A second key item to get a go-ahead was S.B. 1137, which would prohibit oil drilling within 3,200 feet of places where residents live, work and learn, if signed into law.  

Other bills approved by the legislature would allocate significant funds to clean transportation and energy, establish a statewide carbon capture program and create an incentives-based plan to promote the use of sustainable aviation fuel

Read more from The Hill’s Sharon Udasin.  


As the Western U.S. suffers under its worst drought in a millennium, the government of Texas, a state that faces its own unique set of dangers from extreme weather, is at last turning to deal with the threat that climate change poses to its long-term water supply.  

Texas’s situation is sufficiently dire that in July, a majority-Republican panel on the state legislature voted unanimously to require the state water planning board to consult with the state climatologist as it advises cities in planning to meet the state’s water needs in the future.   

The rule change “removes the possibility that the political climate could harm [local water officials’] ability to plan responsibly for the future,” state Sen. Nathan Johnson (D), a major backer of the shift, told The Hill.  

“It kind of insulates the regional water authorities from political pressures that would harm their ability to do what they need to do,” Johnson said.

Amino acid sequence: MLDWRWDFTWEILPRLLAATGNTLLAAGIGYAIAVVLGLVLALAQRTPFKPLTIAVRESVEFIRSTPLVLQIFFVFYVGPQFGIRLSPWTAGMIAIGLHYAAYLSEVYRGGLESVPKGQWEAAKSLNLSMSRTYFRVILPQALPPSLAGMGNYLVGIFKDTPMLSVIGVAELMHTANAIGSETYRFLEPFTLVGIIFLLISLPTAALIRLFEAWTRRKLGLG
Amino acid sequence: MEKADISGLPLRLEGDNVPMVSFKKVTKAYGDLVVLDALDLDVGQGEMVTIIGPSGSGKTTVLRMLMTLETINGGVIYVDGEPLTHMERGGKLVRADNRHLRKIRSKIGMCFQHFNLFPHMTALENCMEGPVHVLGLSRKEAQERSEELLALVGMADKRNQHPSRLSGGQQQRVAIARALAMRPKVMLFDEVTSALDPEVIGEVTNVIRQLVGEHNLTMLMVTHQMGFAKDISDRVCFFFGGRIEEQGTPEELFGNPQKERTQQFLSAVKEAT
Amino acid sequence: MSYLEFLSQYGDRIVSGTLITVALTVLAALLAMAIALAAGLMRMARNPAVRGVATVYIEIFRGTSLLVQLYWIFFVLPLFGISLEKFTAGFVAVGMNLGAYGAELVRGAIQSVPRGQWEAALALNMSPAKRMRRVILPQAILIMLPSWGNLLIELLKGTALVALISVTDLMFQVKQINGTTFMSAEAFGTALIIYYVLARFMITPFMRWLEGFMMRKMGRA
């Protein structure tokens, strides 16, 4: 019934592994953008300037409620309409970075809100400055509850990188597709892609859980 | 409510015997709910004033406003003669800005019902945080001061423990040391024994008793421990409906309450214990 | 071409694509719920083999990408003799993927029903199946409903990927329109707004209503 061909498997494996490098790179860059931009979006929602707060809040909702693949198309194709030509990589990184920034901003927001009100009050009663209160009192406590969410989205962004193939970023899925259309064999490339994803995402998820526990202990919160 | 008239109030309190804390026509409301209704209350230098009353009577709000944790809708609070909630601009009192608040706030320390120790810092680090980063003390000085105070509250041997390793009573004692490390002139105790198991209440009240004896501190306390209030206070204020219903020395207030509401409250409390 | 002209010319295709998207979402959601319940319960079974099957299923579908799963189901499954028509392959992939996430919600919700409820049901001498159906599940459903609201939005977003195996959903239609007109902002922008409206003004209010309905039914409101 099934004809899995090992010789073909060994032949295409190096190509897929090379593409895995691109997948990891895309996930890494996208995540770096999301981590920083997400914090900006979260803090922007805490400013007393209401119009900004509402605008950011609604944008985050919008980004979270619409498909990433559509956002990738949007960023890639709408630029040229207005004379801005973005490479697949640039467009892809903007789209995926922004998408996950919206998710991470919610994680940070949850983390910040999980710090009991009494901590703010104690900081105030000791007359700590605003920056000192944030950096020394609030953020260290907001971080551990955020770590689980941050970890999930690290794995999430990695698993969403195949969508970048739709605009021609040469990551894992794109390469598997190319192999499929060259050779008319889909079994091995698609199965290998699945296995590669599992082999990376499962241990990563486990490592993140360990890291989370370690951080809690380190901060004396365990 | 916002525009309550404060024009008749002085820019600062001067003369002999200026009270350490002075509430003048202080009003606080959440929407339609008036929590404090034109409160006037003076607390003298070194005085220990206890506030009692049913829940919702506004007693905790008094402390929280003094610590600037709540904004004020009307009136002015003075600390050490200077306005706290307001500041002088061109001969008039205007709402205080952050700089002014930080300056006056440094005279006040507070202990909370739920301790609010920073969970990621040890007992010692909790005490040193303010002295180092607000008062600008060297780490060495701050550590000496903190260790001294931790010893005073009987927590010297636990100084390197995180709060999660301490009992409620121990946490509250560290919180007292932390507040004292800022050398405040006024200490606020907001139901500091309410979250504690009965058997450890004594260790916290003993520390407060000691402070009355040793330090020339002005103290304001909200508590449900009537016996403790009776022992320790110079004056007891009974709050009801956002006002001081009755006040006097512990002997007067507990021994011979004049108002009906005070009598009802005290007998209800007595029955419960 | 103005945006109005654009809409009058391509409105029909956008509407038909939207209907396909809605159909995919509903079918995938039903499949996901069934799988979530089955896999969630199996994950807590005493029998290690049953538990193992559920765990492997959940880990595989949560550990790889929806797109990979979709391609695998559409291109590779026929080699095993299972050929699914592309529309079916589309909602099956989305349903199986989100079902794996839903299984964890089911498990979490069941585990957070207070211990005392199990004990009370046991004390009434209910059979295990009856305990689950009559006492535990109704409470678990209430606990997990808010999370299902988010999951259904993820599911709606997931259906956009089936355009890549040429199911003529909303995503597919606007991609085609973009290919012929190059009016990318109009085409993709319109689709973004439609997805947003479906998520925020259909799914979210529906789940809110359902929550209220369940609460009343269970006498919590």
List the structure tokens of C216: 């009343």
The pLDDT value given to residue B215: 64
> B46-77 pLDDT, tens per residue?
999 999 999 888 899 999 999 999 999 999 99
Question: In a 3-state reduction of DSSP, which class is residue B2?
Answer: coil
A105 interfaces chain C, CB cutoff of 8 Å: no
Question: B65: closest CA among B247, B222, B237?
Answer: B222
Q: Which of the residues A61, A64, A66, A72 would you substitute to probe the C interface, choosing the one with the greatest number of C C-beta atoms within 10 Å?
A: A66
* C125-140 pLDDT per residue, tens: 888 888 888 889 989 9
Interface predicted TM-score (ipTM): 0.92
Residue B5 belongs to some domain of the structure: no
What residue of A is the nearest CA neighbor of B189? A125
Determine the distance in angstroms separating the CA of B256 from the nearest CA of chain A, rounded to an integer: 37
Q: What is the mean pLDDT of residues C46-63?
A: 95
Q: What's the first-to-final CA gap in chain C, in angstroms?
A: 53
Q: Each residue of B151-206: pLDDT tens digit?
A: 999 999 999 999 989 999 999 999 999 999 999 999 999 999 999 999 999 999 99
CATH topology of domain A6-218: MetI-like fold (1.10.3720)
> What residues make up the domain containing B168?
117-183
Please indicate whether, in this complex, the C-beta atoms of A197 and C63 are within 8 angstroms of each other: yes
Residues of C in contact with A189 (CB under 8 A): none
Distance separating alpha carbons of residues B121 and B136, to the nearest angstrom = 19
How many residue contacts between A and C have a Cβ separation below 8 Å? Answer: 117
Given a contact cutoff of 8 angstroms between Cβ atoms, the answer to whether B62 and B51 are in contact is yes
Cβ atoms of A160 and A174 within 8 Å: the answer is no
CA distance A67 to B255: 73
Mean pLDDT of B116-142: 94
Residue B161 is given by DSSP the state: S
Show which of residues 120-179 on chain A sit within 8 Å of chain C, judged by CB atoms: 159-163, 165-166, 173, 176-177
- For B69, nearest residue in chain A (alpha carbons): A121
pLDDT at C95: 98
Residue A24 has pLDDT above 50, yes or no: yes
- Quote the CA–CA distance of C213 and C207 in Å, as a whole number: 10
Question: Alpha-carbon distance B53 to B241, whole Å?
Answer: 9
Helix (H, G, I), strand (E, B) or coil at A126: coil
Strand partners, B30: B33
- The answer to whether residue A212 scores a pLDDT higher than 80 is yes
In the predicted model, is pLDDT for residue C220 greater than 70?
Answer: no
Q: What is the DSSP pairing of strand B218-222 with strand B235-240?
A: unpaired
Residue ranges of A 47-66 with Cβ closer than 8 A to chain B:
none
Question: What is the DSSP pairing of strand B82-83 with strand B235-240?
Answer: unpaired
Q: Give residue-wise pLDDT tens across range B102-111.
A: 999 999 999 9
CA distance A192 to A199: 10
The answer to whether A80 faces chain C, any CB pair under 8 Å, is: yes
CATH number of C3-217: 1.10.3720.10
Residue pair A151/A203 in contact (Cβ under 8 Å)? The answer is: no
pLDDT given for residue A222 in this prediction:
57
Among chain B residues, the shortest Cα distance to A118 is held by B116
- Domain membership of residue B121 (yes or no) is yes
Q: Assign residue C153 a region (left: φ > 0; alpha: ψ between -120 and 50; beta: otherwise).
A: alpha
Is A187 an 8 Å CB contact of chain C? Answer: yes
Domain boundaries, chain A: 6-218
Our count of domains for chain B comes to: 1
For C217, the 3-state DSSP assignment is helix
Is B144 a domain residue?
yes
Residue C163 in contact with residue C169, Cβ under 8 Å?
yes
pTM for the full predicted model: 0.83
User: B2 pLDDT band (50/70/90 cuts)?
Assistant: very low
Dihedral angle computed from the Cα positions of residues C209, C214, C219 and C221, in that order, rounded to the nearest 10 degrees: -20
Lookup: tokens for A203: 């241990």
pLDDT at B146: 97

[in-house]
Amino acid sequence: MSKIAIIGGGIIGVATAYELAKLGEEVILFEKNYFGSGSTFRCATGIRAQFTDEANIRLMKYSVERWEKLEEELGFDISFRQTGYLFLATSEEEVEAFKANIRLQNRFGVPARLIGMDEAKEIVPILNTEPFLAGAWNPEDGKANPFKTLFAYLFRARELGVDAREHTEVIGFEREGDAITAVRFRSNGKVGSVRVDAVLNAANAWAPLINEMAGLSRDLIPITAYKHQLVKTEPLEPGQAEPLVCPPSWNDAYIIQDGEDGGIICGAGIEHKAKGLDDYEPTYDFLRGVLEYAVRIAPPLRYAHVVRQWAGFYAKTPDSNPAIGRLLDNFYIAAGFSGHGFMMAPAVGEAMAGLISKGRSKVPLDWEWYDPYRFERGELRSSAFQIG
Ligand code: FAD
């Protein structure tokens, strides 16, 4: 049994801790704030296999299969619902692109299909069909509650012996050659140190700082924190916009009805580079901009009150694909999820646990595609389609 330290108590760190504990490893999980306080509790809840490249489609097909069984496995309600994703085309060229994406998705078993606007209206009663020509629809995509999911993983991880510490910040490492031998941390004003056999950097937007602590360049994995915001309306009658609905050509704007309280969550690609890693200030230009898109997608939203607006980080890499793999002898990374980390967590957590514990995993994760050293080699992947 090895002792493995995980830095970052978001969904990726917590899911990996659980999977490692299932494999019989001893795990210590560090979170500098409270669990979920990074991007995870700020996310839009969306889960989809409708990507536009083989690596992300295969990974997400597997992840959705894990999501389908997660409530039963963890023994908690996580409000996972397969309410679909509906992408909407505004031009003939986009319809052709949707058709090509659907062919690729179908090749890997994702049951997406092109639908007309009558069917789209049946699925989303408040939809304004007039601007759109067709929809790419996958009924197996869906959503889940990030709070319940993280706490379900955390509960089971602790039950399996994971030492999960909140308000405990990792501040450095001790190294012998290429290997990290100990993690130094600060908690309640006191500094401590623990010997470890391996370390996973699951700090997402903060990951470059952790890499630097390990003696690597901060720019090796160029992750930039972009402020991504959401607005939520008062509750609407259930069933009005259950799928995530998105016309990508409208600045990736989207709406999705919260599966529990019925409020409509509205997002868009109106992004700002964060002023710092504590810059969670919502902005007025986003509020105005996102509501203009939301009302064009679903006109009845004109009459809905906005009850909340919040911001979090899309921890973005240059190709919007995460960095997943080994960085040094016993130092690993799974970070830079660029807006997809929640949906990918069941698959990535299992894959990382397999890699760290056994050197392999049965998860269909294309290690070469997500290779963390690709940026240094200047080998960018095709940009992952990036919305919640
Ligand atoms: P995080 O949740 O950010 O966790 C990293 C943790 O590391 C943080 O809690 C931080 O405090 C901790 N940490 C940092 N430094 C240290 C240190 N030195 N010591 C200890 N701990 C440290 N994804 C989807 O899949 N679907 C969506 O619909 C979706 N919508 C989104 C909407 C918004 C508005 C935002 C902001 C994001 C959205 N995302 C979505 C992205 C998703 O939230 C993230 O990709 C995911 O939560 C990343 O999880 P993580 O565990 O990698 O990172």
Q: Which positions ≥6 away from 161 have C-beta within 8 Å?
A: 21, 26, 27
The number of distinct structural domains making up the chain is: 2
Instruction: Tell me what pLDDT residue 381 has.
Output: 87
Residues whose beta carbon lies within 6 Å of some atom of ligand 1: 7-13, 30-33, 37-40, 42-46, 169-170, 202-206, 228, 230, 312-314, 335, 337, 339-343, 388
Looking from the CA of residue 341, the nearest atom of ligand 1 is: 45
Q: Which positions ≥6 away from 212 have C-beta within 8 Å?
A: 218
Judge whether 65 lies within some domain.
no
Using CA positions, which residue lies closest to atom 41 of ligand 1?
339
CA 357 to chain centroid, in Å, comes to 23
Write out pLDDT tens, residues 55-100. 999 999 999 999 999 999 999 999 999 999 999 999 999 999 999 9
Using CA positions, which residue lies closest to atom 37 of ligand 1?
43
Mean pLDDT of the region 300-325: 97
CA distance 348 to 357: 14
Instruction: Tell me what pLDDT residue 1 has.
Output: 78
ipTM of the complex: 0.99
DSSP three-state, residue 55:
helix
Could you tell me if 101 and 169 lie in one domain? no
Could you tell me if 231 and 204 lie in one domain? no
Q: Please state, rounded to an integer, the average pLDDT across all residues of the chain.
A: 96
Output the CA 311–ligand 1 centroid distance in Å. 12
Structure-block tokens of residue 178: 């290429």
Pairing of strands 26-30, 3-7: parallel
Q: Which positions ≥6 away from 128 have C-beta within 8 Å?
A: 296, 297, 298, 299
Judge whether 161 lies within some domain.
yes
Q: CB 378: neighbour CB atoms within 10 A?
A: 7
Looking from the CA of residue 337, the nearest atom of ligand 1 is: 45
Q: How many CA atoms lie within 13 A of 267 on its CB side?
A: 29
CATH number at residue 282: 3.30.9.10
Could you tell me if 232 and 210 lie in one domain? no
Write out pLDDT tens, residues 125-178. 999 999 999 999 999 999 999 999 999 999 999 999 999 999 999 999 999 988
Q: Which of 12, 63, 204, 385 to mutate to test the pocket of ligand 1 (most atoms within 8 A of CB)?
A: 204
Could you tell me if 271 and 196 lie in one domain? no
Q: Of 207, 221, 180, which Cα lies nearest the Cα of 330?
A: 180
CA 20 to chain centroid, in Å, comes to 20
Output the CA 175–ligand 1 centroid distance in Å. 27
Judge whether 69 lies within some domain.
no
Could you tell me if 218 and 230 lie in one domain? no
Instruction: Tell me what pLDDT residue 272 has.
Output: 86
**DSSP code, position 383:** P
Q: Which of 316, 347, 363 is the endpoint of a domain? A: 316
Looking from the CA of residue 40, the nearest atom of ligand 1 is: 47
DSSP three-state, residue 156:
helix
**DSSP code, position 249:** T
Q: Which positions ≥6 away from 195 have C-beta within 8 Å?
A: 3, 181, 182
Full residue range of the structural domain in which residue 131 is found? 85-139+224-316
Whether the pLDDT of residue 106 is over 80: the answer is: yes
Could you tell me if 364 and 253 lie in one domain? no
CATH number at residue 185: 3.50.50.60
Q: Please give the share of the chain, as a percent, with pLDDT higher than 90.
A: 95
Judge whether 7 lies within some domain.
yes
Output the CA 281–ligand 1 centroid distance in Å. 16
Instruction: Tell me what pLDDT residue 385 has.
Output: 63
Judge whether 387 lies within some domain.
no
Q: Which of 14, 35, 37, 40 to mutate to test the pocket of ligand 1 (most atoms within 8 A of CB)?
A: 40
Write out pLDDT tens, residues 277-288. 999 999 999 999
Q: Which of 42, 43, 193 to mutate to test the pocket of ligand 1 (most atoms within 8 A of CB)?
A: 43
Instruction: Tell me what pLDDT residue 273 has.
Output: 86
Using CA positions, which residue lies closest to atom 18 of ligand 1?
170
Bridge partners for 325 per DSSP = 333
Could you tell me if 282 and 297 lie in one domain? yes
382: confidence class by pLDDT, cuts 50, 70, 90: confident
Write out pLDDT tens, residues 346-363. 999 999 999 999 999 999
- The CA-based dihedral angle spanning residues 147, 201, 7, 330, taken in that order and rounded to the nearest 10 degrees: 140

But that process won’t bear fruit for years — and Texans increasingly worry that the crisis is here now.  

All or nothing weather: The most recent demonstration of the volatile climate was last month’s flash downpours that stunned Johnson’s hometown of Dallas — a record rainfall that interrupted the city’s longtime drought, running off baked earth and acres of asphalt infrastructure to flood much of the city.  

  • Those kinds of events offer a foretaste of the future Texas can expect, climate scientist Katharine Hayhoe told The Hill.  
  • “You saw record dry conditions week after week after week — and then all of a sudden, a summer’s worth of rain in a single day,” Hayhoe said.  

For much of the state, annual levels of rainfall may not change much — but that average conceals potentially lethal extremes of drought and flood, she said. “The amount of precipitation is staying the same. But the distribution is changing. It’s getting more extreme in both directions.”  

Read more about the issue here, from The Hill’s Saul Elbein.  

This story is part of The Hill’s “Dried Up” series. Also in this series: 


  • The Tragedy of North Birmingham (ProPublica
  • Why California wants to give residents $1,000 not to have a car (The Washington Post
  • Firefighters Battling Wild Blazes Are Suffering From Anxiety, Addiction—and Can’t Find Help (The Wall Street Journal
  • August saw no named storms for only the third time (E&E News
  • Mississippi Crisis Highlights Climate Threat to Drinking Water Nationwide (The New York Times


🤔 Lighter click: We can meme…and so can the government.

That’s it for today, thanks for reading. Check out The Hill’s Energy & Environment page for the latest news and coverage. We’ll see you tomorrow.